Shuttered restaurants and empty schools are sending demand for milk and cheese plunging, and wholesale prices are not expected to hit bottom before summer.
Some dairy farmers in Vermont are disposing of milk because there is nowhere to take it as the supply chain backs up, according to Dairy Farmers of America, which merged with the St. Albans Cooperative Creamery last year.
"Yes, it is happening in Vermont, " DFA spokesperson Kim O'Brien said. "No one wants to ask a farmer to do this, but we're all working under really crazy circumstances that are out of our control."
Mike St. Pierre, who hauls milk throughout the northwest corner of the state, said he’s dumped some of his own milk due to a backlog at the St. Albans creamery, but nothing like his nephew’s huge 5,000-head farm.
“Instead of bringing it to the co-op, they dump a couple loads a day right in the manure pit,” St. Pierre said Friday.
The co-op is doing something similar. It’s taking delivery of whole milk, removing the cream, and then dumping five or six loads a day of the remaining skim milk in area pits, he said.
The state’s signature industry finds itself acutely vulnerable to the economic malaise the pandemic is spreading. A recent survey of 64 Vermont agricultural businesses showed that 9 percent had closed since March 19, while another 43 percent had partially shut down. All told, the businesses reported losing $8.2 million over just 11 days, Tebbetts said. Dairy represents about 70 percent of the state’s agricultural output, and its outlook is particularly grim.
The state’s 654 remaining dairy farmers are facing “dramatic” price drops in the coming months, he said.
“We’re really concerned about every single dairy farmer in Vermont,” Tebbetts said.
By June, milk prices paid to New England dairy farmers will likely have fallen 12 percent compared to this past January, while margins — or the amount farmers receive after feed costs — are expected to drop by nearly 20 percent, according to the latest estimates by New England dairy co-operative Agri-Mark.
Diane Bothfeld, the state’s director of dairy policy, said daily activity on the national commodity exchanges has her concerned that dairy farmers "are about to get hammered" in coming months.
The outlook is particularly painful given that, following the resolution of federal trade deals, 2020 had been shaping up as the year for prices to rebound from a years-long trough, she said.
As shoppers stocked up on groceries following the state’s stay-at-home orders, dairy sales initially got a bump. But the closure of restaurants for eat-in dining combined with the dismissal of schools and colleges have dried up sales of institutional milk and cheese, she said.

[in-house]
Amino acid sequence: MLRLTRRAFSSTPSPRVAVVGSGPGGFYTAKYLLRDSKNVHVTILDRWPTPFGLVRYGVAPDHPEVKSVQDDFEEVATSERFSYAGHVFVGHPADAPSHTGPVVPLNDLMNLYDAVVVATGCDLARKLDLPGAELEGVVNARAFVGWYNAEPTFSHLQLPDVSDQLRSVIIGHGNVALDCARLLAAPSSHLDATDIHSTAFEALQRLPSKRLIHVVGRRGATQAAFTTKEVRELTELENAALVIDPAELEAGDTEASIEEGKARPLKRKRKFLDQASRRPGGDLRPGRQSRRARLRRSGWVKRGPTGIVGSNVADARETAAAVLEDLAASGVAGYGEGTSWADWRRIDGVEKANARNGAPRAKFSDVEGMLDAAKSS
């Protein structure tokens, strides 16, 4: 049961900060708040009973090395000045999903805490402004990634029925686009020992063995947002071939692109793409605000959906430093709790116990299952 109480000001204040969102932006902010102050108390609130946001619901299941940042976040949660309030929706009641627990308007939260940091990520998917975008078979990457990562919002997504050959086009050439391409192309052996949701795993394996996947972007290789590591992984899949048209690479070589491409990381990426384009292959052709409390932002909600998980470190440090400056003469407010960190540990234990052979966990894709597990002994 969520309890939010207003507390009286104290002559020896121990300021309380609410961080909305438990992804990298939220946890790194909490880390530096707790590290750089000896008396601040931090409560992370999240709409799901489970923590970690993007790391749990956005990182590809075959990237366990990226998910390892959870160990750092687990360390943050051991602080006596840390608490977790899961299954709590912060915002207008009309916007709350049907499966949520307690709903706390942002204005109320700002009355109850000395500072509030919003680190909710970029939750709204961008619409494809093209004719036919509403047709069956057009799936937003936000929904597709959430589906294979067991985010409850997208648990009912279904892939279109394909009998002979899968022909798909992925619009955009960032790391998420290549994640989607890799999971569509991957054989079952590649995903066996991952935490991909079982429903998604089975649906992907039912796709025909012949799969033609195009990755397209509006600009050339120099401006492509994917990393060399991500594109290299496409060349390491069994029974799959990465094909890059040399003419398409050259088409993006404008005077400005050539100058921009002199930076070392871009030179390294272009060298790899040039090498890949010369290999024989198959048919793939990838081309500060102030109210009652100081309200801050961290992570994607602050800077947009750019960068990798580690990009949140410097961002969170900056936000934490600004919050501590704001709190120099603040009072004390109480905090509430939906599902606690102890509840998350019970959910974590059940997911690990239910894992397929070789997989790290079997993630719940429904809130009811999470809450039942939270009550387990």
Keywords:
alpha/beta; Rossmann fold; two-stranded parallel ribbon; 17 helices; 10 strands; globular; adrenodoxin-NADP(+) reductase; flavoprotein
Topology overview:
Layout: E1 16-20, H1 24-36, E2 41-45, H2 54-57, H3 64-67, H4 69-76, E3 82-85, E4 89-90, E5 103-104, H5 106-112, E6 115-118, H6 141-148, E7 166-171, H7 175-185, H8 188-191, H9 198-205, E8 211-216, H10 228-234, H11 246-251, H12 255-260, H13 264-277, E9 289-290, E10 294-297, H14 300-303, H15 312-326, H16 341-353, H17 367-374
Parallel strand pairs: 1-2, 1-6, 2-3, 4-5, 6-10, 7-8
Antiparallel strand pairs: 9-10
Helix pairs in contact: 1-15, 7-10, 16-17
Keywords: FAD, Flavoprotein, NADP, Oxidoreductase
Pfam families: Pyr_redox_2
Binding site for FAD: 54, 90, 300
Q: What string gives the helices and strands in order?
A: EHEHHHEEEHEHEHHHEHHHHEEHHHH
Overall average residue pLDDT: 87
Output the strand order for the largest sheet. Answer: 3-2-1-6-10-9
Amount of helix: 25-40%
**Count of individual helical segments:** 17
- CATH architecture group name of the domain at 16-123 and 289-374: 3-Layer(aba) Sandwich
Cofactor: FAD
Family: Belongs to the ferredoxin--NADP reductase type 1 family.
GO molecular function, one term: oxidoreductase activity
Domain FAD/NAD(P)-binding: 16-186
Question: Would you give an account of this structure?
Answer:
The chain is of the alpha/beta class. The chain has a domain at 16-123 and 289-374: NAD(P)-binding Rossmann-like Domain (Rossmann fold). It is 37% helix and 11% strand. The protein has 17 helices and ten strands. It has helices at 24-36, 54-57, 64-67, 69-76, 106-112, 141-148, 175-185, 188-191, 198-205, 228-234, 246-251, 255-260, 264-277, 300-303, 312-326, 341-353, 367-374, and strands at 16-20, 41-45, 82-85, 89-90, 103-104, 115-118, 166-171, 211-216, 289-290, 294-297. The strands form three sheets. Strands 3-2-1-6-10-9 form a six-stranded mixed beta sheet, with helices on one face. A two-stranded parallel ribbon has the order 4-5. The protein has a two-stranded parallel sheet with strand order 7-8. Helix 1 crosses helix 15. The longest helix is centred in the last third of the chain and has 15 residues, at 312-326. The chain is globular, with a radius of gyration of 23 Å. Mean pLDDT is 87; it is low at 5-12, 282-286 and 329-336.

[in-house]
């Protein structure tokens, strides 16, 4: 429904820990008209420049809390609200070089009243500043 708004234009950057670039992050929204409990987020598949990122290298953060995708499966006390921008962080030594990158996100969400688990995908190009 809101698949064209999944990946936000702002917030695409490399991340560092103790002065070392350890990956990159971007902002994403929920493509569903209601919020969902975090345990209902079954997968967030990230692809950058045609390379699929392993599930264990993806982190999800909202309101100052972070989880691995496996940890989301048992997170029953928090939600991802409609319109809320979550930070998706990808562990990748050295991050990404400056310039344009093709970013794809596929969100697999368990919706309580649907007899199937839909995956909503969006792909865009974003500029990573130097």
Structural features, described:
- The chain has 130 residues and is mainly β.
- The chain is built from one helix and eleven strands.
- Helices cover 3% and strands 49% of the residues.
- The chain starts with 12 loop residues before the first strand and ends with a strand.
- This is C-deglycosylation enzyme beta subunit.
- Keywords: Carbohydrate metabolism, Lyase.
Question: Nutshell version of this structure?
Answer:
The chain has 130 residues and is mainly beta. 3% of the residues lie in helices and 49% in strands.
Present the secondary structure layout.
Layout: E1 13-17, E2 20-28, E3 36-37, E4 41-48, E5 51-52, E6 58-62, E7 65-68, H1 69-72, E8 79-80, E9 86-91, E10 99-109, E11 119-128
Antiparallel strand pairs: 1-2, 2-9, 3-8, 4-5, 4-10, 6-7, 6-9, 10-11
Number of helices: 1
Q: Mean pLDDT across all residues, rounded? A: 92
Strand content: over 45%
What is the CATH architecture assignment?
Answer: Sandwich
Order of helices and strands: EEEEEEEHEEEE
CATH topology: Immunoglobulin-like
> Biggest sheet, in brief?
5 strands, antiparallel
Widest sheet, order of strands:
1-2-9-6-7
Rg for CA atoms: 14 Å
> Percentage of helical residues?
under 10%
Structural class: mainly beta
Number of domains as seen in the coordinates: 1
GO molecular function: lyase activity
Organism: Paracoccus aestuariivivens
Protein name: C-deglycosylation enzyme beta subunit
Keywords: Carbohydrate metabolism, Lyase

Diversified dairies with strong retail brands, like Cabot Creamery, may weather the downturn better, but specialty cheese makers are getting creamed.
“The projections for the next six to eight weeks indicate there could be catastrophic losses for many of our cheese makers,” Tebbetts said.
Vermont’s artisan cheeses are often sold at high-end cheese shops across the nation, but changes in shopping habits during the pandemic have foreclosed that sales channel.
“During this whole staying-at-home thing, getting to the grocery store is really important, but getting to the cheese store, well—” Bothfeld said.
Sales of cheeses that need to be cut up and individually wrapped have suffered as grocery stores don’t have staff to devote to that right now, Tebbetts said.
Access to foreign markets has also been interrupted by a shortage of dock workers and truckers, as well as restrictions other nations are placing on imports from the U.S., Bothfeld said.
Still, there are a few bright spots in agriculture in the state. Farmers with strong online sales channels, community supported agriculture programs and even some farm stands are seeing a surge as people change traditional shopping habits, Tebbett said.
The agency is working to help farmers understand what relief they may qualify for under the $2 trillion federal stimulus. Tebbetts told the Senate Agriculture Committee that he’s also asking the federal government to use some of the relief funds to set a four-month floor for milk prices at $19.50 per hundredweight, slightly above where it stands now.
The agency is also looking for ways to turn surplus milk into longer-lasting products like yogurt in the short term, and possibly make it available to Vermonters in need. Milk needs to be processed with 72 hours of leaving the farm, so a number of logistical details, including distribution and storage capacity, are needed to pull it off, Bothfeld said.
“From farm to fork, we have some sobering issues that we're going to have to deal with over the next few weeks and months,” Tebbetts said.